module Syntax.Basic.PrimitiveTypesAndKinds where

import Prelude

The following file documents the Prim module. This module is imported
by default into every PureScript file (unless one hides it using Module aliases,
which are described in the Module Syntax folder) and is embedded in the
compiler itself to provide value literals for certain types and syntax sugar.

See the full documenation here:

This file will document all the types whose kind signature is `Type`.
Their kind signatures aren't that important at this level in your understanding.

Note: To prevent conflicts between the real code and this compileable file,
we're appending underscores to the types. Remove the underscore to get the
real thing in Purescript.

In other words
Purescript:        DataType  :: Kind
This example: data DataType_ -- Kind
data Number_ -- Type -- double-precision float number

exampleNumber1 :: Number
exampleNumber1 = 1.0

-- negative values must be wrapped in parenthesis:
exampleNumber2 :: Number
exampleNumber2 = (-1.0)

data Int_ -- Type

exampleInt1 :: Int
exampleInt1 = 1

exampleInt2 :: Int
exampleInt2 = 0x01 -- alternative way to write them

exampleInt3 :: Int
exampleInt3 = 1_000_000 -- use underscores for thousands character

-- negative values must be wrapped in parenthesis:
exampleInt4 :: Int
exampleInt4 = (-1)

exampleInt5 :: Int
exampleInt5 = (-0x01)

exampleInt6 :: Int
exampleInt6 = (-1_000_000)

data Boolean_ -- Type

exampleTrue :: Boolean
exampleTrue = true

exampleFalse :: Boolean
exampleFalse = false

Note: The Boolean data type is used via true/false literal values instead of
True/False constructors as one might expect, especially those coming from Haskell
where such a simple data type would be defined as:

data Boolean = True | False

In Purescript, having Javascript as the main compilation target, the decision was
made to use true/false literal values for the Boolean data type instead of
having it be defined as a simple Algebric Data Type (ADT) as is the case in Haskell.

data Char_ -- Type -- doesn't support astral plane characters (code points > 0xFFFF)

exampleChar :: Char
exampleChar = 'c'

unicodeA :: Char
unicodeA = '\x0061'

-- Astral plane characters (i.e. those with code point values greater than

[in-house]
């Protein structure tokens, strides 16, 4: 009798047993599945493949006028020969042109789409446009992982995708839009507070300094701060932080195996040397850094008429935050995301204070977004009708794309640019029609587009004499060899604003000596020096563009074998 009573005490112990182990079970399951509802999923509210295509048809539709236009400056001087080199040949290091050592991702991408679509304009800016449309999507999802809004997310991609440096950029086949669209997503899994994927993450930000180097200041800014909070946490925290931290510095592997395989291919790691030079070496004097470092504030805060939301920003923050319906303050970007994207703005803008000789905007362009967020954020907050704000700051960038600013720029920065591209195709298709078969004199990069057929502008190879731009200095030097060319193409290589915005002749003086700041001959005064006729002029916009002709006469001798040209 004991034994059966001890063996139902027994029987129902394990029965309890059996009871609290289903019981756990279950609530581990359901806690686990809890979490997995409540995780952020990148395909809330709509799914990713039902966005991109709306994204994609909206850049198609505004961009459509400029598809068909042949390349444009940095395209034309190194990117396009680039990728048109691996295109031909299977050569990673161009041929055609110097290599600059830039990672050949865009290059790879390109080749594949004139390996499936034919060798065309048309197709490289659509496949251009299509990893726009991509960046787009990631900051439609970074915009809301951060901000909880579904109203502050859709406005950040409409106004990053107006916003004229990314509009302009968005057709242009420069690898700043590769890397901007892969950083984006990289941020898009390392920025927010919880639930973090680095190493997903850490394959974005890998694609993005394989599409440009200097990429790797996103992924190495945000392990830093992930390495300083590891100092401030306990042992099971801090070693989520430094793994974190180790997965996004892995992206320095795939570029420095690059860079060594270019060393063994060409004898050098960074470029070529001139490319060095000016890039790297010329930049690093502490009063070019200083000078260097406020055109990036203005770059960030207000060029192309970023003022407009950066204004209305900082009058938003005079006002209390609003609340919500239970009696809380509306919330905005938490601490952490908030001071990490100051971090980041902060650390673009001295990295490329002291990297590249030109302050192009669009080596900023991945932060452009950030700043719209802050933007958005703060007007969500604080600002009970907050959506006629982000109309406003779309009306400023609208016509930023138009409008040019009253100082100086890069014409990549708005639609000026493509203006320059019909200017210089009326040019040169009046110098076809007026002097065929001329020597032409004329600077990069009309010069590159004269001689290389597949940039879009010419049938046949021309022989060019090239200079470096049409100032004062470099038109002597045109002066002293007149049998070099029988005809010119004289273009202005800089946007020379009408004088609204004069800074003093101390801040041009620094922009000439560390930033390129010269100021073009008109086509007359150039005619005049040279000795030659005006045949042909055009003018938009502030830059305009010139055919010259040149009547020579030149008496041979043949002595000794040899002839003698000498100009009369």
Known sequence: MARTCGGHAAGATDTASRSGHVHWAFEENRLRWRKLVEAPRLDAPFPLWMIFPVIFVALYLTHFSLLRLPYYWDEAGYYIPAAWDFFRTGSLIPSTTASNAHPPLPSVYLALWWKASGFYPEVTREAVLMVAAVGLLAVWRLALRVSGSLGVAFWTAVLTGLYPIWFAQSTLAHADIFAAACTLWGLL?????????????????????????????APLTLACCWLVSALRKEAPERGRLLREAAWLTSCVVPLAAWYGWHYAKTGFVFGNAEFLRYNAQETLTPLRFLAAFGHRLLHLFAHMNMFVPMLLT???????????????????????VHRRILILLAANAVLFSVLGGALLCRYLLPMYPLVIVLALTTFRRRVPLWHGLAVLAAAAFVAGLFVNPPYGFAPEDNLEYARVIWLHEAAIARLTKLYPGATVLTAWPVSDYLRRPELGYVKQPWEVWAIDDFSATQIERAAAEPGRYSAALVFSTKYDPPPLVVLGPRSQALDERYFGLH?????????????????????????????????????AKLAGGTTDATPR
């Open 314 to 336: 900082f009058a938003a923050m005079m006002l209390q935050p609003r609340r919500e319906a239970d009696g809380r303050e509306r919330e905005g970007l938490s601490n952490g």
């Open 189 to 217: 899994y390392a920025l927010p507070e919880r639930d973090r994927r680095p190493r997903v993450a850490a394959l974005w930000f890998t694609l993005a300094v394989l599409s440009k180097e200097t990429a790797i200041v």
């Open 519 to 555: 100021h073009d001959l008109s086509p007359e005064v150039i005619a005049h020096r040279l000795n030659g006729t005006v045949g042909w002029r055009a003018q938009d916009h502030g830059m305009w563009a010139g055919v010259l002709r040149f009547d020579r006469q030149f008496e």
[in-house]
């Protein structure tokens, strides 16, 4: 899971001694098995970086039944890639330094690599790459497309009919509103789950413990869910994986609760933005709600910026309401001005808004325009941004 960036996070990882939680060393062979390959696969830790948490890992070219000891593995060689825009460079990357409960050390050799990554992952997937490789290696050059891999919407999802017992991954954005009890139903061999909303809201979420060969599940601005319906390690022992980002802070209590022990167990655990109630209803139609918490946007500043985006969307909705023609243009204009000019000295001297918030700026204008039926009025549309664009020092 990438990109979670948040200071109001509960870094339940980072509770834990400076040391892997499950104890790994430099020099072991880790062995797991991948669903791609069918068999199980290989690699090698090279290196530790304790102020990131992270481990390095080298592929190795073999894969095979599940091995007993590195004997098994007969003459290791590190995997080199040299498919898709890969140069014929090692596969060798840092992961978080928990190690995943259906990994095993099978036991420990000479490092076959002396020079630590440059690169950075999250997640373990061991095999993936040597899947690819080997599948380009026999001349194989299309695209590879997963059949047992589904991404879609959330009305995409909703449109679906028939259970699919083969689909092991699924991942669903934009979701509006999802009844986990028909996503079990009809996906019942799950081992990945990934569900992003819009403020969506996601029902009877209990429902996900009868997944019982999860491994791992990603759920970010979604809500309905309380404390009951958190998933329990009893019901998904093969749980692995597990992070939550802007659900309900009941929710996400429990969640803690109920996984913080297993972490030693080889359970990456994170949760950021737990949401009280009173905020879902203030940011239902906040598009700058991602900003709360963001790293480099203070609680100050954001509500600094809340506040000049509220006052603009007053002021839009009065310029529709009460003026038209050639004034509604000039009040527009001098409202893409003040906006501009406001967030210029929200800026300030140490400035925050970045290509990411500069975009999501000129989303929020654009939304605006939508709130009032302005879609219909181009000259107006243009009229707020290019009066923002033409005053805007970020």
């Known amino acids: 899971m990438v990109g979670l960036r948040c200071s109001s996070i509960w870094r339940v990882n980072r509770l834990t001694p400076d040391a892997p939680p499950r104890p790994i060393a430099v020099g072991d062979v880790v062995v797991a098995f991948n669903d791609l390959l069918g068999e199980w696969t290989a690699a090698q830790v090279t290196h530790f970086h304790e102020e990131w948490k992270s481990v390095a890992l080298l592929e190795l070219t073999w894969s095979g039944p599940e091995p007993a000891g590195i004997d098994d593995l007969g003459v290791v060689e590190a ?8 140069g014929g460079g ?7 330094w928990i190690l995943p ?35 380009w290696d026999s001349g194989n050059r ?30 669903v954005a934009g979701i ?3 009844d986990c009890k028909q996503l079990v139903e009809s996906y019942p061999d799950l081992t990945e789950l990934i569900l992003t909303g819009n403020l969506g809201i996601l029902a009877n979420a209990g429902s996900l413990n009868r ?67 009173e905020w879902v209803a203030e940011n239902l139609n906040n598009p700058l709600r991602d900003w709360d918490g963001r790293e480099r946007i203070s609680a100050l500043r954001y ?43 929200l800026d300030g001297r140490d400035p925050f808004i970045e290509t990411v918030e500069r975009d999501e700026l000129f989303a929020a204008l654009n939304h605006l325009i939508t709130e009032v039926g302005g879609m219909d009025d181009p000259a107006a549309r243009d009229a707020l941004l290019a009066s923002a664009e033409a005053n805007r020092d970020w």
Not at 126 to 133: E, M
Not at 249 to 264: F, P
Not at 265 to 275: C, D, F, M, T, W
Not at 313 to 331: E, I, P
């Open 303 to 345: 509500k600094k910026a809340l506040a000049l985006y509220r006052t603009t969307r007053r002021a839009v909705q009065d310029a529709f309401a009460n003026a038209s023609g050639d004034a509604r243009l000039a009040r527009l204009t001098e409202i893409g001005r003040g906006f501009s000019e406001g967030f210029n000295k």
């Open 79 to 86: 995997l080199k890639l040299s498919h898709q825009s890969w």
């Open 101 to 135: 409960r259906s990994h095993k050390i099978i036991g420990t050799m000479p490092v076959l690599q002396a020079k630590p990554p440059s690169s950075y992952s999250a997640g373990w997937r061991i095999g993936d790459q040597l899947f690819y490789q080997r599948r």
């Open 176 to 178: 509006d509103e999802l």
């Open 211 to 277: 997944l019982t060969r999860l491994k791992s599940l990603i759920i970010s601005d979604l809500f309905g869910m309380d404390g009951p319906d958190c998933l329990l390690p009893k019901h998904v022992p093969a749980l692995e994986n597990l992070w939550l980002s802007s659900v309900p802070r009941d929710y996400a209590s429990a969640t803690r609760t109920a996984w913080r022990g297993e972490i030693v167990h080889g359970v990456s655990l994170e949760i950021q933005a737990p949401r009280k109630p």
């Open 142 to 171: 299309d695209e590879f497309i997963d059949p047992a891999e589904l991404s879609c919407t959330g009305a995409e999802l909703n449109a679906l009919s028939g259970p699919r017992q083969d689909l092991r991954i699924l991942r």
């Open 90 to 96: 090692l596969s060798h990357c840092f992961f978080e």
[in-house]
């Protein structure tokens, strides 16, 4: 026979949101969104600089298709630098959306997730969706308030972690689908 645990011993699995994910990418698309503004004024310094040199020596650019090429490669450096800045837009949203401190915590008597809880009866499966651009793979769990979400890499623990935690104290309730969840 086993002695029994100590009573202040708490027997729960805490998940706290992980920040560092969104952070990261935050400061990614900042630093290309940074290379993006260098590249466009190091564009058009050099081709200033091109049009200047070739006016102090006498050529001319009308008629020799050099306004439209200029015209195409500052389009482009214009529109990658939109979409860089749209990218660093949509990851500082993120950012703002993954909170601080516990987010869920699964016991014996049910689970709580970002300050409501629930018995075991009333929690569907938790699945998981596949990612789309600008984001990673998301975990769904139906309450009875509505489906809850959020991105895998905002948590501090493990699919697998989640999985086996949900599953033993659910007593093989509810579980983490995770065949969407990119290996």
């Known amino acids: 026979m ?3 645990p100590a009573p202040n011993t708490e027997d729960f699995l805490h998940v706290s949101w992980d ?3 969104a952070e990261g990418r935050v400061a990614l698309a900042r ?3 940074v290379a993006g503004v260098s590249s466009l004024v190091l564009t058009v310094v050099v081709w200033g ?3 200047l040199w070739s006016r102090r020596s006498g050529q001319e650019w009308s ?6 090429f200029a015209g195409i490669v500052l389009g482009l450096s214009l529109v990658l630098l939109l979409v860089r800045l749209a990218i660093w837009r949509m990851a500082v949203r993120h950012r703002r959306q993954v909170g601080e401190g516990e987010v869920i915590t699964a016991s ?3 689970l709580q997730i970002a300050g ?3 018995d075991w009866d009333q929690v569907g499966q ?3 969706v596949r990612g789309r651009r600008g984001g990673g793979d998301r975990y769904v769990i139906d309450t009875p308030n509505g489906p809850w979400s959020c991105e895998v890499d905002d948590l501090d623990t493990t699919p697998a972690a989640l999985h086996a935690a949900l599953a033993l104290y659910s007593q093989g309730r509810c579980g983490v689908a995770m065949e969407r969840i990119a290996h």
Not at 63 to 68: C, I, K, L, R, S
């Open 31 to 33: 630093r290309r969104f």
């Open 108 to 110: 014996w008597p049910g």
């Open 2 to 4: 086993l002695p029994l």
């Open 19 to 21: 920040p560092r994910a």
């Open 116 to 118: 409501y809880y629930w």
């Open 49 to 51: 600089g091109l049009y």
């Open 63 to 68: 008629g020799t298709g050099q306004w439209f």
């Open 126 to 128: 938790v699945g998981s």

-- `0xFFFF`) cannot be represented as `Char` values.
unicodeChar :: Char
unicodeChar = '\xFFFF'

unicodeChar2 :: Char
unicodeChar2 = '\xffff'

data String_ -- Type

literal_string_syntax :: String
literal_string_syntax = "literal string value"

-- Follows this regex pattern: \x[0-9a-fA-F]{1,6}
unicode_hex_escape_syntax :: String
unicode_hex_escape_syntax = "\xa4"

-- Syntax sugar for Strings
slashy_string_syntax :: String
slashy_string_syntax =
  "Enables multi-line strings that \
  \use slashes \
            \regardless of indentation \

    \and regardless of vertical space between them \

    \(though you can't put comments in that blank vertical space)"
    "This will fail \
    -- oh look a comment that breaks this!
    \to compile."

triple_quote_string_syntax :: String
triple_quote_string_syntax = """
  Multi-line string syntax that also ignores escaped characters, such as
  * . $ []
  It's useful for regular expressions

-- Higher-Kinded Types
data Array_ -- Type -> Type

arrayOfStrings :: Array String
arrayOfStrings = ["string1", "string2"]

arrayOfInts :: Array Int
arrayOfInts = [0, 1, 2, 3]

-- The "forall a." syntax will be explained later. It's needed here
-- to make this code compile
array_of_one_A :: forall a. a -> Array a
array_of_one_A a = [a]

data Function_ -- Type (parameter type) -> Type (return type)  -> Type
-- In other words, give me the parameter type and the return type,
--   and I'll have a concrete type

function_no_syntax_sugar :: Function Int Int
function_no_syntax_sugar = (\x -> x + 4)

function_with_syntax_sugar1 :: (Int -> Int)
function_with_syntax_sugar1 = (\x -> x + 4)

function_with_syntax_sugar2 :: Int -> Int
function_with_syntax_sugar2 = (\x -> x + 4)

function_with_syntax_sugar3 :: Int -> Int
function_with_syntax_sugar3 x = x + 4